Only one remaining team had a losing record against those eight clubs: San Antonio went 7-8.

7) LAKER BREAK

The schedule means that the Lakers won’t play a back-to-back-to-back after all.

The Lakers would have played home games on April 7, 8 and 9 against Golden State, Chicago and the Clippers — the last of those coming because a game that was scheduled to be played shortly after Kobe Bryant’s death was moved until later in the season.

8) HELLO, AGAIN

For 26 players on the rosters of the 22 teams, Disney is going to look familiar. They played there in college.

The Disney campus plays host to the Orlando Invitational over Thanksgiving, and some alumni of that event are headed back there now for NBA contests. Among them: Heat teammates Jimmy Butler (Marquette, 2009) and Kelly Olynyk (Gonzaga, 2012), Portland’s Zach Collins (Gonzaga, 2016), Washington’s Rui Hachimura (Gonzaga, 2016), Milwaukee’s Khris Middleton (Texas A&M, 2010), Indiana’s Edmond Sumner (Xavier, 2015), Phoenix’s Kelly Oubre Jr. (Kansas, 2014) and Boston’s Marcus Smart (Oklahoma State, 2013).

And lest we forget, the Lopez brothers — Milwaukee teammates Brook Lopez and Robin Lopez — are huge Disney fans, and have made their affinity for the place very well-known in recent weeks.

9) NO 3’S RECORD

For the first time in eight seasons, the league record for total 3-pointers made won’t get broken.

It was on pace to be smashed.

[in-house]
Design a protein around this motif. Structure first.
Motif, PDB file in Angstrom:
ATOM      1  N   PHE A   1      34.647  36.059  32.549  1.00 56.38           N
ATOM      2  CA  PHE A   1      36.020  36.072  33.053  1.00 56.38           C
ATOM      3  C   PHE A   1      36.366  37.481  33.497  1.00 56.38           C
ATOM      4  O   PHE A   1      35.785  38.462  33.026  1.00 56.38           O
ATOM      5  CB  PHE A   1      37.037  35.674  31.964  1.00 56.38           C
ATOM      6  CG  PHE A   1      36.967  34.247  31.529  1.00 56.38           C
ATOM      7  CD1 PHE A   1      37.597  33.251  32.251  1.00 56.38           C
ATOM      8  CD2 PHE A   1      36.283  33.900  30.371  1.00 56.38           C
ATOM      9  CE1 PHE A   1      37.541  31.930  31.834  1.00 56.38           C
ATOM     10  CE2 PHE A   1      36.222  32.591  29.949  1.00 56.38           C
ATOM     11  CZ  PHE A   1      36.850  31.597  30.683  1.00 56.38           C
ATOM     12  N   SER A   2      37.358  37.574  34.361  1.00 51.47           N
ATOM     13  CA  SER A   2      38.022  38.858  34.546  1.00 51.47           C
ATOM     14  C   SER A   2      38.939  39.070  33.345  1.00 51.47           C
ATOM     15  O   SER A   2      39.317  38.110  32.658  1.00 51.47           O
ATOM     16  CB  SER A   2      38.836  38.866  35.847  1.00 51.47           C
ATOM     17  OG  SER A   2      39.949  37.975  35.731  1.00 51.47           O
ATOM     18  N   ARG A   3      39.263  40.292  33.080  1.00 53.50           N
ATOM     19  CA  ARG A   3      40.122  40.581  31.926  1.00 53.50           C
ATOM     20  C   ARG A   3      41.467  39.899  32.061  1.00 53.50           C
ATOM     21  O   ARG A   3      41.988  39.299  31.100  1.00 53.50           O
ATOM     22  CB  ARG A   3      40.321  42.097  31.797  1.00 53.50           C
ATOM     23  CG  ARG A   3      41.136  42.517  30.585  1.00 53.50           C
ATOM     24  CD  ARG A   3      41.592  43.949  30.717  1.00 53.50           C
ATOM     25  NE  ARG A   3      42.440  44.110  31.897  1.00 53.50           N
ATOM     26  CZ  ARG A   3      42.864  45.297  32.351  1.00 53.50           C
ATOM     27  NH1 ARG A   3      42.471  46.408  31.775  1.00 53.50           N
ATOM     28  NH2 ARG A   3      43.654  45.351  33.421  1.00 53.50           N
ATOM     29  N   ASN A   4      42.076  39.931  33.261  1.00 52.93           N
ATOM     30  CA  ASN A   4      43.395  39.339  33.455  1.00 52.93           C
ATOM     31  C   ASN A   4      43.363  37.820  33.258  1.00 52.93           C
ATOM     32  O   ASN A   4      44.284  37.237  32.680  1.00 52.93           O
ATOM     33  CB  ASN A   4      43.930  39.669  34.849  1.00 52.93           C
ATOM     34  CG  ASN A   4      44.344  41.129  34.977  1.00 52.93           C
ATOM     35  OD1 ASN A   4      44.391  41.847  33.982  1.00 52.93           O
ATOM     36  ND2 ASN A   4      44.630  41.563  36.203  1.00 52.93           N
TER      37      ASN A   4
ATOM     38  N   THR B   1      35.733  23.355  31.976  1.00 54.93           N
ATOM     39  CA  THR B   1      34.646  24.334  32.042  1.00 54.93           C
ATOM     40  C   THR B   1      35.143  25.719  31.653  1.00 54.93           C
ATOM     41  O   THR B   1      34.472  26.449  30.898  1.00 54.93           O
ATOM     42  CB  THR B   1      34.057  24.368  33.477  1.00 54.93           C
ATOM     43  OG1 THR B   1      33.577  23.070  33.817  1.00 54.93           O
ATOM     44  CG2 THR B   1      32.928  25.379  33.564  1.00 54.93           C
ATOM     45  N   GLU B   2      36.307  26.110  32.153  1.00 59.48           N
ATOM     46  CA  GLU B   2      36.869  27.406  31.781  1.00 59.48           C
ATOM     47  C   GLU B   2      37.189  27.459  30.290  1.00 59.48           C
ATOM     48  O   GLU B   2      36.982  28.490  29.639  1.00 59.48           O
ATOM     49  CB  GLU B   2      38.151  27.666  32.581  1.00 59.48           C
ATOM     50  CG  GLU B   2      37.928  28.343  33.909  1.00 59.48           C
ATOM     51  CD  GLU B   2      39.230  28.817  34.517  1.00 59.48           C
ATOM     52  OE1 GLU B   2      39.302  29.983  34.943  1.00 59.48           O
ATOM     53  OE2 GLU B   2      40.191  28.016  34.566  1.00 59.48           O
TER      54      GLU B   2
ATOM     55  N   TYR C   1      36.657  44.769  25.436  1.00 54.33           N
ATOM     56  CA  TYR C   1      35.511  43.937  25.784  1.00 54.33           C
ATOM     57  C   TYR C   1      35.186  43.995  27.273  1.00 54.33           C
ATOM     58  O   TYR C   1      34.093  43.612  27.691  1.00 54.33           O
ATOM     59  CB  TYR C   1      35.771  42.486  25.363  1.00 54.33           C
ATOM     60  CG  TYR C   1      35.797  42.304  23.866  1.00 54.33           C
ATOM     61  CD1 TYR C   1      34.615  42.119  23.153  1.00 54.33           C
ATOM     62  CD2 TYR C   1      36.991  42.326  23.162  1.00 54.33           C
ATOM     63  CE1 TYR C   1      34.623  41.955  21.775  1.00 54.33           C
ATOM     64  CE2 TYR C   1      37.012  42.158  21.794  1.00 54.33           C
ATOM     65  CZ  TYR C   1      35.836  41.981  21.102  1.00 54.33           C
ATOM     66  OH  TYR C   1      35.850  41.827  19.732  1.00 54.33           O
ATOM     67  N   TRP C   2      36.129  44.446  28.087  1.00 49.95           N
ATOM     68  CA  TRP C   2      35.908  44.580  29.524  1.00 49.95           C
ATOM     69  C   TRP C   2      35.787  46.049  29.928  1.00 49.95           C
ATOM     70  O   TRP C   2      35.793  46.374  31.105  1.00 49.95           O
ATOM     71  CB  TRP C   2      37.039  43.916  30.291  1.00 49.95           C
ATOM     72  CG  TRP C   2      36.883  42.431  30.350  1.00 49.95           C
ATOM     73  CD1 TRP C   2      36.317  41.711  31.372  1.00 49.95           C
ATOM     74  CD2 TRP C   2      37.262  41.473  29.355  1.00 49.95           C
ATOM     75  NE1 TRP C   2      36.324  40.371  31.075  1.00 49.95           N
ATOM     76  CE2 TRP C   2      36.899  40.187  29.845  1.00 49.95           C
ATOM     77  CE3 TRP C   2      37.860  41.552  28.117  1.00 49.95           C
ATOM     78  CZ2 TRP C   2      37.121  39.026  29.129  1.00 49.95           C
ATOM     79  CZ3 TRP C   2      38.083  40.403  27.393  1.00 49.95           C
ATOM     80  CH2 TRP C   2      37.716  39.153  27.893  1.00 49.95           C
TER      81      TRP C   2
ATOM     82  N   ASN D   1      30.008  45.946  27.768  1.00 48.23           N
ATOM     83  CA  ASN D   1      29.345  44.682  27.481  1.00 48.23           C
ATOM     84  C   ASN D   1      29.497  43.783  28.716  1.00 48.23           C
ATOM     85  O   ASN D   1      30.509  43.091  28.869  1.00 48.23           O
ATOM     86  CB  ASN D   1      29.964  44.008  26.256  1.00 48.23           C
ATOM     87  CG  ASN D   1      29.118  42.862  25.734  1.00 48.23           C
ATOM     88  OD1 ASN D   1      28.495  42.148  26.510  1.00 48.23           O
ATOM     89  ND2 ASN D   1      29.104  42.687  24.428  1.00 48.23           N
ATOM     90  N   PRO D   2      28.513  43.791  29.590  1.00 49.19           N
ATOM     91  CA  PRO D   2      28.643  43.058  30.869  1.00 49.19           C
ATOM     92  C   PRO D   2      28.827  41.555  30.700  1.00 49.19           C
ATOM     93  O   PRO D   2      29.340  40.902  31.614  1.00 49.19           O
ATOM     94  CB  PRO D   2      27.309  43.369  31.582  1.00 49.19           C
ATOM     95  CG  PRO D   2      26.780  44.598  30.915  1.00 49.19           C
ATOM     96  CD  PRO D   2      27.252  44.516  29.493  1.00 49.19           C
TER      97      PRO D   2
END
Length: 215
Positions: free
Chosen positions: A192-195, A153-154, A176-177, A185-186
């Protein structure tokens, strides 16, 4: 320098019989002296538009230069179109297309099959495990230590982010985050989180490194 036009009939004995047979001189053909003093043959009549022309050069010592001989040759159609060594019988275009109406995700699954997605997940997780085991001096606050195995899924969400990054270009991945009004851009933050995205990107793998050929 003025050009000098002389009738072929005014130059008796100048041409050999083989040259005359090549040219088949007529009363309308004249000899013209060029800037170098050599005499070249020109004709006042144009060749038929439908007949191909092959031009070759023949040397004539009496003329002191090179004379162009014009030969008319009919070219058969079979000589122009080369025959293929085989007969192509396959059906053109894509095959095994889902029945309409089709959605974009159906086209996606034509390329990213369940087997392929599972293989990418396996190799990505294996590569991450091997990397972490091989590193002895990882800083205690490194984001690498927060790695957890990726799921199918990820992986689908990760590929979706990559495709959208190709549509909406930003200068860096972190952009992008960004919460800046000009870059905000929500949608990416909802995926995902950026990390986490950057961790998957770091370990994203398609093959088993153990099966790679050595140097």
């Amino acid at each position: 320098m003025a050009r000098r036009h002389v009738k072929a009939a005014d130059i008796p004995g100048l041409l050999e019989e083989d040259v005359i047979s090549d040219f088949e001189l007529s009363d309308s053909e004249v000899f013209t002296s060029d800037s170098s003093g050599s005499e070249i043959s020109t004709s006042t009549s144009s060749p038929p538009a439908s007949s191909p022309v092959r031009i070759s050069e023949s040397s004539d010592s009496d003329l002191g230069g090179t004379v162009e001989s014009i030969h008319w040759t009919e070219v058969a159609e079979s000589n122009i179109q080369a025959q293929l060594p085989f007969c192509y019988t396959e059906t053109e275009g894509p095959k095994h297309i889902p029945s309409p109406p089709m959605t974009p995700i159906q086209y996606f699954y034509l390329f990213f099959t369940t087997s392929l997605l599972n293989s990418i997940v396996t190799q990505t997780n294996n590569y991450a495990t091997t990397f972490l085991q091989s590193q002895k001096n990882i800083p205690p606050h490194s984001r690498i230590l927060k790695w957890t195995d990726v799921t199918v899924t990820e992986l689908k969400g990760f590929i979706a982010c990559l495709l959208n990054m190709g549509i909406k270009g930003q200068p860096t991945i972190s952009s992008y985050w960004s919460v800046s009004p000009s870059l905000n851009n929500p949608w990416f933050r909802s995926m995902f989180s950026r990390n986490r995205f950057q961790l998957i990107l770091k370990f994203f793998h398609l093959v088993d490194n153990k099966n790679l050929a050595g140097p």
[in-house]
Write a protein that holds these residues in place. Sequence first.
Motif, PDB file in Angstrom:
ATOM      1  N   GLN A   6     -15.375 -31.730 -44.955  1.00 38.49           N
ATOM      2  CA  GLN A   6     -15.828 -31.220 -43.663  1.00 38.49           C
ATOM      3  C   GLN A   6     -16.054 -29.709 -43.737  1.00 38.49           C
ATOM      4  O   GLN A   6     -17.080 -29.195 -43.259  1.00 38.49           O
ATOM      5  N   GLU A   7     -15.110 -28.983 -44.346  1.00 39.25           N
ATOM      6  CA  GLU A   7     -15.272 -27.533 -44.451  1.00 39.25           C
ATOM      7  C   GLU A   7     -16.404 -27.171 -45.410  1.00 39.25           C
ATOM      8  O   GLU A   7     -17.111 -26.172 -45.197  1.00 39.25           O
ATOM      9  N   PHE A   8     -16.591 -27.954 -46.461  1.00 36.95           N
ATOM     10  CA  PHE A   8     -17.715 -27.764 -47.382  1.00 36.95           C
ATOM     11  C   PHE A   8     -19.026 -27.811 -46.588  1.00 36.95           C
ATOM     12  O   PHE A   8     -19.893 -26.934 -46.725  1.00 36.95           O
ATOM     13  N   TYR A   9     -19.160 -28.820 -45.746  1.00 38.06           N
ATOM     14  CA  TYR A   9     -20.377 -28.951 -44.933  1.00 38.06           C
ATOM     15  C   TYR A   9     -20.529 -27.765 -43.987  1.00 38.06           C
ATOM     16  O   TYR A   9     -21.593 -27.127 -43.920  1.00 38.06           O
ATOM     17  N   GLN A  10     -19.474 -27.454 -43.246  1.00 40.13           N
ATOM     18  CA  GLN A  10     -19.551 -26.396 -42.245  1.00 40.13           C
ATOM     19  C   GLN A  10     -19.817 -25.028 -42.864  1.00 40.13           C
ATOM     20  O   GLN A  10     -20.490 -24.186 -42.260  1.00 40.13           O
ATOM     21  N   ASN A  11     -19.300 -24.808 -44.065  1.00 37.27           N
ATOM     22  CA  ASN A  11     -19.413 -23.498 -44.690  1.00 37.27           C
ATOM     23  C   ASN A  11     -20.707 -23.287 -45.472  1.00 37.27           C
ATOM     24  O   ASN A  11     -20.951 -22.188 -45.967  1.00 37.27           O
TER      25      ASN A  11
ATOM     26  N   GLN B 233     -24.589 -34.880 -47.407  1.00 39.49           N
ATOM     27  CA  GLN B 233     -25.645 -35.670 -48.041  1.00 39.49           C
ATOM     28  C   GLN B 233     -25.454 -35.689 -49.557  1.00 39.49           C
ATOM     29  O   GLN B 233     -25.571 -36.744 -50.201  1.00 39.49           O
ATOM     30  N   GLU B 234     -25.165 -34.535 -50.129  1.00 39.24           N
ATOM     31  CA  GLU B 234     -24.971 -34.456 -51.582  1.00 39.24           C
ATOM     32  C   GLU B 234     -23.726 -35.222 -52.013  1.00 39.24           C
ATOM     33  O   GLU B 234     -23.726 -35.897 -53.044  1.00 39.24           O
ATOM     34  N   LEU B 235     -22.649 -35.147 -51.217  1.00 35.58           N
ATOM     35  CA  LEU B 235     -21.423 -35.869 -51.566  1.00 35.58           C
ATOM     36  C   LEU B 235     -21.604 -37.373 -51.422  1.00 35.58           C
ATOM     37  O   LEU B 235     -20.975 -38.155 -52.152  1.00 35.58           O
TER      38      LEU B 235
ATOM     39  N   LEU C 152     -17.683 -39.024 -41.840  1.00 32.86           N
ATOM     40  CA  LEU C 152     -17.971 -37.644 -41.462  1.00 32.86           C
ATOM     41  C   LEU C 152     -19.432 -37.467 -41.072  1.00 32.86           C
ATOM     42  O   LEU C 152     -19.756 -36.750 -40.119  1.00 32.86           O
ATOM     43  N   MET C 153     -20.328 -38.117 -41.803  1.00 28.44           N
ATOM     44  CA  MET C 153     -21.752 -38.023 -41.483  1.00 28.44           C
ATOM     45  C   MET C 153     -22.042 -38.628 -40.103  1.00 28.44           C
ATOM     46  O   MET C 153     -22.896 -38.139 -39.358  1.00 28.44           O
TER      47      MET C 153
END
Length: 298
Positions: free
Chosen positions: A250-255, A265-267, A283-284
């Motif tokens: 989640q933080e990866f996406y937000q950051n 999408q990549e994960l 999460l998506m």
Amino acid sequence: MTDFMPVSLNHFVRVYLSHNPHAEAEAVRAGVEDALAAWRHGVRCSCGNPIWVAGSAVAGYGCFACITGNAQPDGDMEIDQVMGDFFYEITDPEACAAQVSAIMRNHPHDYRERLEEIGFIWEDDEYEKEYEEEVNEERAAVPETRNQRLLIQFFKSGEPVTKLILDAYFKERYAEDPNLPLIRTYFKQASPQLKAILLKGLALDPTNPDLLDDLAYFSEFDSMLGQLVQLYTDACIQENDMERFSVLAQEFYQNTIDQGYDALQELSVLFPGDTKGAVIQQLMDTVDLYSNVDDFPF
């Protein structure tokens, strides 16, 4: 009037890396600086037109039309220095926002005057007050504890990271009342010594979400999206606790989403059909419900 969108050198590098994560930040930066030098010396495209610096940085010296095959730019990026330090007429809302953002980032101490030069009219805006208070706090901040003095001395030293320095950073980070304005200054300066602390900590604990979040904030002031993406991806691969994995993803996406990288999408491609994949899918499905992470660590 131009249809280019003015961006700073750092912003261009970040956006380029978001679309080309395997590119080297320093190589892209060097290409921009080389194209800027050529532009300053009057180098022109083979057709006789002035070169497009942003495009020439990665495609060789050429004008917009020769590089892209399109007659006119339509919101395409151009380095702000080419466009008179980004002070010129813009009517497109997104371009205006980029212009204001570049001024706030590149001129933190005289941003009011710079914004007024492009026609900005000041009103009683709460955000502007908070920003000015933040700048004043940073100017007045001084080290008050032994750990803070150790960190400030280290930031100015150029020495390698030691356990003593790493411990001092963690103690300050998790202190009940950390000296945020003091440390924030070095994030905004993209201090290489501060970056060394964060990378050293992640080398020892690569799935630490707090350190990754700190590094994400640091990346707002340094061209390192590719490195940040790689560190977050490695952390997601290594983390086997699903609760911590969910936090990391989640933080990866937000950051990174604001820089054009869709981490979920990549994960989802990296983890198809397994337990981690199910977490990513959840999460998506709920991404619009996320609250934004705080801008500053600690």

NBA teams have combined for 23,560 3-pointers made so far this season, which is already the fourth-most of any season in league history. The league was on pace for 29,844 3-pointers, which is 1,889 more than the record of 27,955 set last season.

10) STATE OF BASKETBALL

Florida — the Sunshine State — will be the epicenter of basketball this summer.

While the NBA is headed to Disney, the WNBA season is also scheduled to begin next month and be headquartered in Bradenton, Florida. That’s about 100 miles from where the NBA will be playing.

The WNBA plan is for its players to be housed at the IMG Academy, with games to be played at the nearby Feld Entertainment Center.

Watch Rudy Gobert get ejected for tripping Thunder’s Williams

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Already without Karl-Anthony Towns, the Timberwolves were without their second twin tower for most of Saturday night after Rudy Gobert got ejected for kicking and tripping the Thunder’s Kenrich Williams.